In the previous posts, we have seen two possible options of authorization / access control including PrincipalPermission and directly using ServiceSecurityContext for authorizing users from the same active directory domains. With PrincipalPermission() we need to provide the security logic on each service operation with an option of using PrinicipalPermissionAttribute. Using ServiceSecurityContext, we included the authorization logic in service operation code which makes it convoluted. What if we need to only authorize certain users for the service i.e. all operations of the service. The feature can be implemented by using the extensibility features in WCF. We can use ServiceAuthorizationManager for the same.
Based on Security Architecture document on MSDN, ServiceAuthorizationManager is used to perform two steps for the incoming message. The first step is Authorization Policies Evaluation Stage, Here It is used to evaluate authorization policies where claims can also be added to the evaluation context. Here external authorization policies can also be used. As the second step [Service Authorization stage], the authorization policies can be used to perform the actual authorization. In the document, the steps are specified as follows in the WCF pipeline:
ServiceAuthorizationManager is provided as follows:
As we can see that there are two overloads of CheckAccess() method. Additionally, there are two virtual methods CheckAccessCore() and GetAuthorizationPolicies(). If we dotPeek the code, we can verify the flow described by the MSDN document. As you can see that it iis first calling GetAuthorizationPolicies() and then after using the authorization policies to create a ServiceSecurityContext, it is using the CheckAccessCore() method. The default implementation of CheckAccessCore() is PERMIT ALL i.e. it returns true, we can override this to perform the required authorization.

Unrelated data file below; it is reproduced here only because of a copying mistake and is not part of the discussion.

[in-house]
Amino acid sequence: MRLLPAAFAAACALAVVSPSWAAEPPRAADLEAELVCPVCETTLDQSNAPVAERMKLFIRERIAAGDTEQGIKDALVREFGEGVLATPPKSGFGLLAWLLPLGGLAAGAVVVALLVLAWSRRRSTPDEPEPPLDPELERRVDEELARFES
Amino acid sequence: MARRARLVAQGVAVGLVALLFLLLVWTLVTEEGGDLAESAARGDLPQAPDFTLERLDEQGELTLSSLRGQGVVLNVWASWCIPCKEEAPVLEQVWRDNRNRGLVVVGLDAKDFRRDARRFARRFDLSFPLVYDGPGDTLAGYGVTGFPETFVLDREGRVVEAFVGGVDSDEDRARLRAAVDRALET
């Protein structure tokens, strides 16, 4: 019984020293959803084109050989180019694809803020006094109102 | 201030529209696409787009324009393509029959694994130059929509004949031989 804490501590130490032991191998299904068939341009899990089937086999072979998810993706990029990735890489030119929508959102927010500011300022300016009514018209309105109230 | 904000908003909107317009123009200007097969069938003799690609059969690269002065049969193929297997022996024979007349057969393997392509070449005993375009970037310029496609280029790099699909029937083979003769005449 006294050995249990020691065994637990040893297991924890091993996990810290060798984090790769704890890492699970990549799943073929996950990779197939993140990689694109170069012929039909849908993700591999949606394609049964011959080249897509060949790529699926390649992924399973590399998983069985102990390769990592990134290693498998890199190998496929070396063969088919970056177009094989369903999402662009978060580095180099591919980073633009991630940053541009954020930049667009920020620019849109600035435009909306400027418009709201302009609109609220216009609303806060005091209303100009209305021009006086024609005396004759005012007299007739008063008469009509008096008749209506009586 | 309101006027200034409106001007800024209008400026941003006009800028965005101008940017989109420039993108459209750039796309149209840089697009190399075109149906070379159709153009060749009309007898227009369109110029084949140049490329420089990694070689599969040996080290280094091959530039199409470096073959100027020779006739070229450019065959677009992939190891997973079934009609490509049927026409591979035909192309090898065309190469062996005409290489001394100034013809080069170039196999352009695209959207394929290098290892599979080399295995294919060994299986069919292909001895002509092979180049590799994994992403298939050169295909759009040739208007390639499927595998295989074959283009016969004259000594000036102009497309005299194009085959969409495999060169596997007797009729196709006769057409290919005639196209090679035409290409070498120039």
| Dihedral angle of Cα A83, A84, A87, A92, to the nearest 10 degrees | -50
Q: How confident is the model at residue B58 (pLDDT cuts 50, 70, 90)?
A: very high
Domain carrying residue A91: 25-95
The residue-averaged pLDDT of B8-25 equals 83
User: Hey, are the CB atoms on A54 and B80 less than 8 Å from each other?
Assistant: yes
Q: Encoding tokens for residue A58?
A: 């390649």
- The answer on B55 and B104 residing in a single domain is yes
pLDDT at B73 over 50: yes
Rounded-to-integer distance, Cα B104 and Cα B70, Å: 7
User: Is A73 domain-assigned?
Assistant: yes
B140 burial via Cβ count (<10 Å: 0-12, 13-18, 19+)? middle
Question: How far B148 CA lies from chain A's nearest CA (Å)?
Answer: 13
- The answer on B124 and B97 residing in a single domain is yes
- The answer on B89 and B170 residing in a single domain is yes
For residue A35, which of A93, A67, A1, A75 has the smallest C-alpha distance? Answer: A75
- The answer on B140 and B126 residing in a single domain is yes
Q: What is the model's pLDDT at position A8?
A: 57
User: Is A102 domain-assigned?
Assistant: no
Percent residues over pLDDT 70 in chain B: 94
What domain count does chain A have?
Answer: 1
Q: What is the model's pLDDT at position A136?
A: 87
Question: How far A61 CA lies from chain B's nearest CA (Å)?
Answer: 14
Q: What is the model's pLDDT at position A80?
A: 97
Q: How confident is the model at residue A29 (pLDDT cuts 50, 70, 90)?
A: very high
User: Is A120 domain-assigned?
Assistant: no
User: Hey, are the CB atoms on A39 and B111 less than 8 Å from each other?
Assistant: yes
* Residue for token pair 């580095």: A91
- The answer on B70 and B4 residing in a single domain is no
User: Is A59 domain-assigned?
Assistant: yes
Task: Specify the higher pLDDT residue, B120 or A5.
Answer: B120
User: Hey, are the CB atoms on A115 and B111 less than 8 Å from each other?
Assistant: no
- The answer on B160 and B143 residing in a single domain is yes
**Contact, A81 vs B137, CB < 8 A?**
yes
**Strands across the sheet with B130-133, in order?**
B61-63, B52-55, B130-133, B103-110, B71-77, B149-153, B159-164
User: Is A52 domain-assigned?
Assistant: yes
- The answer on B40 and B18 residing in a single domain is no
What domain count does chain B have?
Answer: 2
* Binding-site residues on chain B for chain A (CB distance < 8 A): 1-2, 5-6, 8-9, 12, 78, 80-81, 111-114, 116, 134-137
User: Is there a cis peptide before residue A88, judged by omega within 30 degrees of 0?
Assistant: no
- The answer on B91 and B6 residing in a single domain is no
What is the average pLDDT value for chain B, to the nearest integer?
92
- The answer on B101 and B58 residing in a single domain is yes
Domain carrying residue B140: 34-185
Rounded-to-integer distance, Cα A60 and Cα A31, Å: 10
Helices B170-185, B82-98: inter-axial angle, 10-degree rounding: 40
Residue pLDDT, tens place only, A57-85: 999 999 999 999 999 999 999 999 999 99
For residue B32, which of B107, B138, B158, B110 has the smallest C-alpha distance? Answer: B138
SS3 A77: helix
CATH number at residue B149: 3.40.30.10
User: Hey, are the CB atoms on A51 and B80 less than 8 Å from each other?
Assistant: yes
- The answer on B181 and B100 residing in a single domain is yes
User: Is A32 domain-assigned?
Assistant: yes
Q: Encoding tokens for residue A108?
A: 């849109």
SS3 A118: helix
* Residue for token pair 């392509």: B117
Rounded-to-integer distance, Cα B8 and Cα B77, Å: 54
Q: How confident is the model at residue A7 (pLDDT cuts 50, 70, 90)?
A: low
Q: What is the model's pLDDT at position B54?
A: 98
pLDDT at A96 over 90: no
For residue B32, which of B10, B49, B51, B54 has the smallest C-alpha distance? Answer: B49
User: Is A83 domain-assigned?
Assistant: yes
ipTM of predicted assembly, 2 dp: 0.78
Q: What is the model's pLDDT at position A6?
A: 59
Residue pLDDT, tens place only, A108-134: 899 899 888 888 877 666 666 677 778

In order to understand it further let us add a custom definition of ServiceAuthorizationManager. It is non-sealed so we can directly inherit from it and override the virtual members. Based on the code flow of CheckAccess() described above, we just need to override CheckAccessCore() and GetAuthorizationPolicies() methods. For now, let's just use the logic provided by the base class i.e. ServiceAuthorizationManager.
Now in order for the service to use this, we must add this behavior, let's update the App.Config. As you can see we are still using WindowsGroups as the principal permissions. We would be providing the actual authorization using the same groups.
In order to test that the service authorization manager is actually being used by the service. Add some breakpoints and execute the code, you should see that GetAuthorizationPolicies() is called first followed by CheckAccessCore() method.
Here we have used the same WCF Test Client as we have been using in the previous examples:
Now let us provide the same authorization logic we have provided in the last two examples. We only want subjects from Traders group to have access to our service. Since the same WCF pipeline is used for metadata requests as well, we need to first determine if this is such request. If so we can allow the operation. There is no user specific security information for metadata request including claims and domain groups. For other service operations as well, the header action is set accordingly.
Let's execute the code, as you can see the authorization logic is correctly being used.
Here we have provided the code for service level authorization logic. For more fine grained security based, we can use the request header actions.